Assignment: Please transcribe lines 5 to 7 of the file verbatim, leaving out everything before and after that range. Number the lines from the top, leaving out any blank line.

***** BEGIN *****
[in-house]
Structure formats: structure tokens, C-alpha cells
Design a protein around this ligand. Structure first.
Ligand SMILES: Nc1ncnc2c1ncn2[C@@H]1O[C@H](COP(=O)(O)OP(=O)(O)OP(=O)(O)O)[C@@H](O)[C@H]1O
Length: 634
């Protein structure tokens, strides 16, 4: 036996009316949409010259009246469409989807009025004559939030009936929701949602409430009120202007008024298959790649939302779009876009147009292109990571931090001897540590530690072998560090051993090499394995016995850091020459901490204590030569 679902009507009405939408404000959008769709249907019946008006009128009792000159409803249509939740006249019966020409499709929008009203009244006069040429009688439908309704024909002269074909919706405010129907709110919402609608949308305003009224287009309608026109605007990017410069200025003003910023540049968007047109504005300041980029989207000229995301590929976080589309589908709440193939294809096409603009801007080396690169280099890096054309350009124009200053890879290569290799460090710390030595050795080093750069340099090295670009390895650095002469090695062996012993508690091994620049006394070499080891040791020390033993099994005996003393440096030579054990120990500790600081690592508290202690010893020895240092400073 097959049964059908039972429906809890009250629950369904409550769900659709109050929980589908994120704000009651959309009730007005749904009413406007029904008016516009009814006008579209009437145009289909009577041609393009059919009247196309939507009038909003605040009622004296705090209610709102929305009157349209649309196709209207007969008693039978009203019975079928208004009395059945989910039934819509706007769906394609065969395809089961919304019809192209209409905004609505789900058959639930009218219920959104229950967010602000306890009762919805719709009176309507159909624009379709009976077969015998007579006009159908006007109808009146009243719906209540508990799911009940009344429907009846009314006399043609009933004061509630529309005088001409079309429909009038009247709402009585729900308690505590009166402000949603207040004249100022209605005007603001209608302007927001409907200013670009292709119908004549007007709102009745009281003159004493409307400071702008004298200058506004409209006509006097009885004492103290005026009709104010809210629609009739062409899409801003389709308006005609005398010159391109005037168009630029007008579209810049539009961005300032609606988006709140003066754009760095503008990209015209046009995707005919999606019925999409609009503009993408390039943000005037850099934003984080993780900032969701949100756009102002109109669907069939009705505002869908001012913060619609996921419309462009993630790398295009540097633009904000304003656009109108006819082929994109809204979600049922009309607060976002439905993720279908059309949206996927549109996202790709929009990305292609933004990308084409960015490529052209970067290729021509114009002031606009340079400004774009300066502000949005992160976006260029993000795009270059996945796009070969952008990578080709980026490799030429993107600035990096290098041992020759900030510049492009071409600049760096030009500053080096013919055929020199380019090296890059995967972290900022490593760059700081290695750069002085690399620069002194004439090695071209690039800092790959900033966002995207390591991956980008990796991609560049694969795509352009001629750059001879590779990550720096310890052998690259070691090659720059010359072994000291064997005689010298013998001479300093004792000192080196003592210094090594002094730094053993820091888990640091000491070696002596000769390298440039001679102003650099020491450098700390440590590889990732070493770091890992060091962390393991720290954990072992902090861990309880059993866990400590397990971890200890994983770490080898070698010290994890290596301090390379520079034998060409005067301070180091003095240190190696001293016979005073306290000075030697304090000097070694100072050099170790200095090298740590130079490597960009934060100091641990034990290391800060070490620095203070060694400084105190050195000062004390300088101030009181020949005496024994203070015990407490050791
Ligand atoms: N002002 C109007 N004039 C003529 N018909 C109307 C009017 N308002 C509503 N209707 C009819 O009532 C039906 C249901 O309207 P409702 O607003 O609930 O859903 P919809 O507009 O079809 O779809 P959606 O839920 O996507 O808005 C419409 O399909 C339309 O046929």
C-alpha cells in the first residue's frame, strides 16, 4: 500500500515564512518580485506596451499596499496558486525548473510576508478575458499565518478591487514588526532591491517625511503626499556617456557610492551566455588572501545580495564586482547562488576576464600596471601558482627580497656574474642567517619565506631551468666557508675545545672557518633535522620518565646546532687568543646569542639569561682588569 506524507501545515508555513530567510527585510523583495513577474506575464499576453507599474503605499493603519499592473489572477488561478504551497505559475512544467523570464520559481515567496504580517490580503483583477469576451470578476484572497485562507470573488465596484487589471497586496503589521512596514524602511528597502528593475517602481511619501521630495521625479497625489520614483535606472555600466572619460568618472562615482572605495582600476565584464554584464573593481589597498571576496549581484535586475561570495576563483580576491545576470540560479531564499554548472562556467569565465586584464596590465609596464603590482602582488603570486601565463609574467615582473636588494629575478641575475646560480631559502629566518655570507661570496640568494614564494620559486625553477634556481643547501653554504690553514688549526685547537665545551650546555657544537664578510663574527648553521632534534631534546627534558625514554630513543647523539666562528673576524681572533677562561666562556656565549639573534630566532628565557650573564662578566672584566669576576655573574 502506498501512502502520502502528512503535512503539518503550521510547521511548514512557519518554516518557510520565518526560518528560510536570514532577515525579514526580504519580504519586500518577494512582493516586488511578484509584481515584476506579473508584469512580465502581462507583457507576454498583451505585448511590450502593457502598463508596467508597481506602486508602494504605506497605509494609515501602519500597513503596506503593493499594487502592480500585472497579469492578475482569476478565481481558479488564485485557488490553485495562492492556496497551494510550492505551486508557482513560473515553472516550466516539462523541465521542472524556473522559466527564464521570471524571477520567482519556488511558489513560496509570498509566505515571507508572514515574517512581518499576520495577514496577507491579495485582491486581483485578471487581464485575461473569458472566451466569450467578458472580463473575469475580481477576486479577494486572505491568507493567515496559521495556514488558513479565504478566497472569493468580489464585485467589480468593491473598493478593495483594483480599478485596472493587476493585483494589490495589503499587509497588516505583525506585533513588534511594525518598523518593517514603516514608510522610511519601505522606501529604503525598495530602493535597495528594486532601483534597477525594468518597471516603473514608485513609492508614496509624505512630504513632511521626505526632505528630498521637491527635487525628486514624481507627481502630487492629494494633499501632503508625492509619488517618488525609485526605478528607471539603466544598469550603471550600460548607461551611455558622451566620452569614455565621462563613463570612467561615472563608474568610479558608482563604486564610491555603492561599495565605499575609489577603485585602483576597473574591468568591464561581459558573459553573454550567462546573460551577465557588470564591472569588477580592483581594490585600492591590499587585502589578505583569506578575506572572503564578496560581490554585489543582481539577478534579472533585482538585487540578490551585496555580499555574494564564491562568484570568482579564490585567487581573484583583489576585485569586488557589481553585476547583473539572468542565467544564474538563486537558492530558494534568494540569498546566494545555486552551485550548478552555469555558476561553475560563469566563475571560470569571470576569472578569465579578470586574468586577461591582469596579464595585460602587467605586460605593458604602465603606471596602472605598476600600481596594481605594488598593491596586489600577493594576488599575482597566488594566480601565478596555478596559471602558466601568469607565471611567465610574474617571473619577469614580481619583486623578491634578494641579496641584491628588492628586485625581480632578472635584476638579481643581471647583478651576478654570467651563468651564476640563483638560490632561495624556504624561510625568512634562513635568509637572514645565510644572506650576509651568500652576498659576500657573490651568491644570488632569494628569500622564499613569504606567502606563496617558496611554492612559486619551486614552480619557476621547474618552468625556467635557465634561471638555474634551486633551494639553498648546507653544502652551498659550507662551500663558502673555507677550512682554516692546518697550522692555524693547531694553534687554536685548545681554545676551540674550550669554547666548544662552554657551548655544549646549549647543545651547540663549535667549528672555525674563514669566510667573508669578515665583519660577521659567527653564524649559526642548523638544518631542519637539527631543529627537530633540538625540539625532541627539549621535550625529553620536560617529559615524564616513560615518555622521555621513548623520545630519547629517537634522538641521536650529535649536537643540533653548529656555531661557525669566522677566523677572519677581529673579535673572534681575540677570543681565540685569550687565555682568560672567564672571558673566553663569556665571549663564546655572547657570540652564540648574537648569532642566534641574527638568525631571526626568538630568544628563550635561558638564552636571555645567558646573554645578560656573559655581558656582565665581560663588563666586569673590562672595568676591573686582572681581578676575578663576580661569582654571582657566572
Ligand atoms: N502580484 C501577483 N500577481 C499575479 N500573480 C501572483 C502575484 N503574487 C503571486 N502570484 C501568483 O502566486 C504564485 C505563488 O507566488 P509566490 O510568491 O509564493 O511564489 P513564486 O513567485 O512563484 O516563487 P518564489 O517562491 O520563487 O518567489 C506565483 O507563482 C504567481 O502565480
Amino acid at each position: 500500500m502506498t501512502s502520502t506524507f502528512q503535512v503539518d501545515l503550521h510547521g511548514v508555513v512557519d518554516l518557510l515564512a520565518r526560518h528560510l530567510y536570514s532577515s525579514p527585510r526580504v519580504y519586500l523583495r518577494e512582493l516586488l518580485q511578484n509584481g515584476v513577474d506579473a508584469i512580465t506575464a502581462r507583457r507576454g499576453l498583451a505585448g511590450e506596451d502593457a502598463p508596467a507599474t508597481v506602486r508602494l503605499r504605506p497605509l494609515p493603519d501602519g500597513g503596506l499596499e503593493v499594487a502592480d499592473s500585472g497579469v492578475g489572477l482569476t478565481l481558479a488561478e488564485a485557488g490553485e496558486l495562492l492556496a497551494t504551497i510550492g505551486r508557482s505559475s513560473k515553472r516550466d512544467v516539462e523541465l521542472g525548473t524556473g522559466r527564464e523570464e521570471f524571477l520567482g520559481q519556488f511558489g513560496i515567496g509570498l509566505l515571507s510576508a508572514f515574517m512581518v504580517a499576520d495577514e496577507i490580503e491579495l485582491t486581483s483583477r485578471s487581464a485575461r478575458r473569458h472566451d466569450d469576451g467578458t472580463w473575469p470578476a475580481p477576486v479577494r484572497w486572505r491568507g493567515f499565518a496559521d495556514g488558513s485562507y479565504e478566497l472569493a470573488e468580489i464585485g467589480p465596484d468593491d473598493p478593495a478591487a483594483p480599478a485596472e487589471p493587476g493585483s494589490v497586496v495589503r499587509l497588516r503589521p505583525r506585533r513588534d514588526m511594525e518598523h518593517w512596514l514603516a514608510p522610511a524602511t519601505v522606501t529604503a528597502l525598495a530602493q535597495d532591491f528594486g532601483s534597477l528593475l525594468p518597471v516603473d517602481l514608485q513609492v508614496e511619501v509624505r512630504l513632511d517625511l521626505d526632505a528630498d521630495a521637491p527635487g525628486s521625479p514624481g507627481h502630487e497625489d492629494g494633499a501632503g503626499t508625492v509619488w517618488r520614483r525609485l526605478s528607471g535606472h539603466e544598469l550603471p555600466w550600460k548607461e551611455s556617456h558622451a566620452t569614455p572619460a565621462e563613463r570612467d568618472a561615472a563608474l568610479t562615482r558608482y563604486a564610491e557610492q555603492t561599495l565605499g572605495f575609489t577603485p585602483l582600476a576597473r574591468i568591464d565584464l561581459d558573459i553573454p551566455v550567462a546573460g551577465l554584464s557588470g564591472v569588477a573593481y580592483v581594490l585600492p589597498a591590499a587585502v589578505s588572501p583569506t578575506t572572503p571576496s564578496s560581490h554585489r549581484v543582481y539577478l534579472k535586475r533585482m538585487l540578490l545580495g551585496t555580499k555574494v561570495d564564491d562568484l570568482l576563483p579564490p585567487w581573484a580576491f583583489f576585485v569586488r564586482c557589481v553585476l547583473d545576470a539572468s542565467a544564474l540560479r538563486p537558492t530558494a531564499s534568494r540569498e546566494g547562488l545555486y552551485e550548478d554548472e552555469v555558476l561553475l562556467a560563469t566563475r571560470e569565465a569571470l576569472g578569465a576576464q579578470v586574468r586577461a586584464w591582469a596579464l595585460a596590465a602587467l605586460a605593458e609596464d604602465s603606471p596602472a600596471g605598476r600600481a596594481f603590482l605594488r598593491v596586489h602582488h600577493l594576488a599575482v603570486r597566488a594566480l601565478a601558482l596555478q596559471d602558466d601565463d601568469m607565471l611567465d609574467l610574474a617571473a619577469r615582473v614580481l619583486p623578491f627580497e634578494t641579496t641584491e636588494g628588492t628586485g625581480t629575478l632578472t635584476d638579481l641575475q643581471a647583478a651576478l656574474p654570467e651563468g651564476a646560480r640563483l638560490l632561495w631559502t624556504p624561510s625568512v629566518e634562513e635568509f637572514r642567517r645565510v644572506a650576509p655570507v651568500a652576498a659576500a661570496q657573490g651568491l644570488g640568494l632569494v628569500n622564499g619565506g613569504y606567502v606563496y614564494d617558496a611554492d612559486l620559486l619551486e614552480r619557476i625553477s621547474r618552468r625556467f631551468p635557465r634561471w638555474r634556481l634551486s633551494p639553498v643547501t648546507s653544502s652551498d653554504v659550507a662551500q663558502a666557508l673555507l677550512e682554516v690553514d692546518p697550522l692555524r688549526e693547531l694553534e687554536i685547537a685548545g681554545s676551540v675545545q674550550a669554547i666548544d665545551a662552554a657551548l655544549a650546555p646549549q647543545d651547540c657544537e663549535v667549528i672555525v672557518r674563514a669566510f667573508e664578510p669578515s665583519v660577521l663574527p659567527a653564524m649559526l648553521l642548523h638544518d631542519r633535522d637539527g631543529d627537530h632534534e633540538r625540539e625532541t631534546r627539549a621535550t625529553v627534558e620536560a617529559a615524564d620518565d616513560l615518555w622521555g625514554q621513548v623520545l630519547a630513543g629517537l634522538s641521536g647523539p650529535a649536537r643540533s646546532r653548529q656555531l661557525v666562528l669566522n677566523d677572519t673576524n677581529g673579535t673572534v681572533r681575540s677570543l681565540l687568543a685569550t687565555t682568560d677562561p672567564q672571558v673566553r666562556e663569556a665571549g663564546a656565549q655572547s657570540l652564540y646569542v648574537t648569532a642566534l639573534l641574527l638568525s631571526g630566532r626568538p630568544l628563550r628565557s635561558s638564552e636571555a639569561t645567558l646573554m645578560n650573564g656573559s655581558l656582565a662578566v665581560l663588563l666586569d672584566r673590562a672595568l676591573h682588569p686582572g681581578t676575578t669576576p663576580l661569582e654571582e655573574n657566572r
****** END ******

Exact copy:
Length: 634
């Protein structure tokens, strides 16, 4: 036996009316949409010259009246469409989807009025004559939030009936929701949602409430009120202007008024298959790649939302779009876009147009292109990571931090001897540590530690072998560090051993090499394995016995850091020459901490204590030569 679902009507009405939408404000959008769709249907019946008006009128009792000159409803249509939740006249019966020409499709929008009203009244006069040429009688439908309704024909002269074909919706405010129907709110919402609608949308305003009224287009309608026109605007990017410069200025003003910023540049968007047109504005300041980029989207000229995301590929976080589309589908709440193939294809096409603009801007080396690169280099890096054309350009124009200053890879290569290799460090710390030595050795080093750069340099090295670009390895650095002469090695062996012993508690091994620049006394070499080891040791020390033993099994005996003393440096030579054990120990500790600081690592508290202690010893020895240092400073 097959049964059908039972429906809890009250629950369904409550769900659709109050929980589908994120704000009651959309009730007005749904009413406007029904008016516009009814006008579209009437145009289909009577041609393009059919009247196309939507009038909003605040009622004296705090209610709102929305009157349209649309196709209207007969008693039978009203019975079928208004009395059945989910039934819509706007769906394609065969395809089961919304019809192209209409905004609505789900058959639930009218219920959104229950967010602000306890009762919805719709009176309507159909624009379709009976077969015998007579006009159908006007109808009146009243719906209540508990799911009940009344429907009846009314006399043609009933004061509630529309005088001409079309429909009038009247709402009585729900308690505590009166402000949603207040004249100022209605005007603001209608302007927001409907200013670009292709119908004549007007709102009745009281003159004493409307400071702008004298200058506004409209006509006097009885004492103290005026009709104010809210629609009739062409899409801003389709308006005609005398010159391109005037168009630029007008579209810049539009961005300032609606988006709140003066754009760095503008990209015209046009995707005919999606019925999409609009503009993408390039943000005037850099934003984080993780900032969701949100756009102002109109669907069939009705505002869908001012913060619609996921419309462009993630790398295009540097633009904000304003656009109108006819082929994109809204979600049922009309607060976002439905993720279908059309949206996927549109996202790709929009990305292609933004990308084409960015490529052209970067290729021509114009002031606009340079400004774009300066502000949005992160976006260029993000795009270059996945796009070969952008990578080709980026490799030429993107600035990096290098041992020759900030510049492009071409600049760096030009500053080096013919055929020199380019090296890059995967972290900022490593760059700081290695750069002085690399620069002194004439090695071209690039800092790959900033966002995207390591991956980008990796991609560049694969795509352009001629750059001879590779990550720096310890052998690259070691090659720059010359072994000291064997005689010298013998001479300093004792000192080196003592210094090594002094730094053993820091888990640091000491070696002596000769390298440039001679102003650099020491450098700390440590590889990732070493770091890992060091962390393991720290954990072992902090861990309880059993866990400590397990971890200890994983770490080898070698010290994890290596301090390379520079034998060409005067301070180091003095240190190696001293016979005073306290000075030697304090000097070694100072050099170790200095090298740590130079490597960009934060100091641990034990290391800060070490620095203070060694400084105190050195000062004390300088101030009181020949005496024994203070015990407490050791
Ligand atoms: N002002 C109007 N004039 C003529 N018909 C109307 C009017 N308002 C509503 N209707 C009819 O009532 C039906 C249901 O309207 P409702 O607003 O609930 O859903 P919809 O507009 O079809 O779809 P959606 O839920 O996507 O808005 C419409 O399909 C339309 O046929």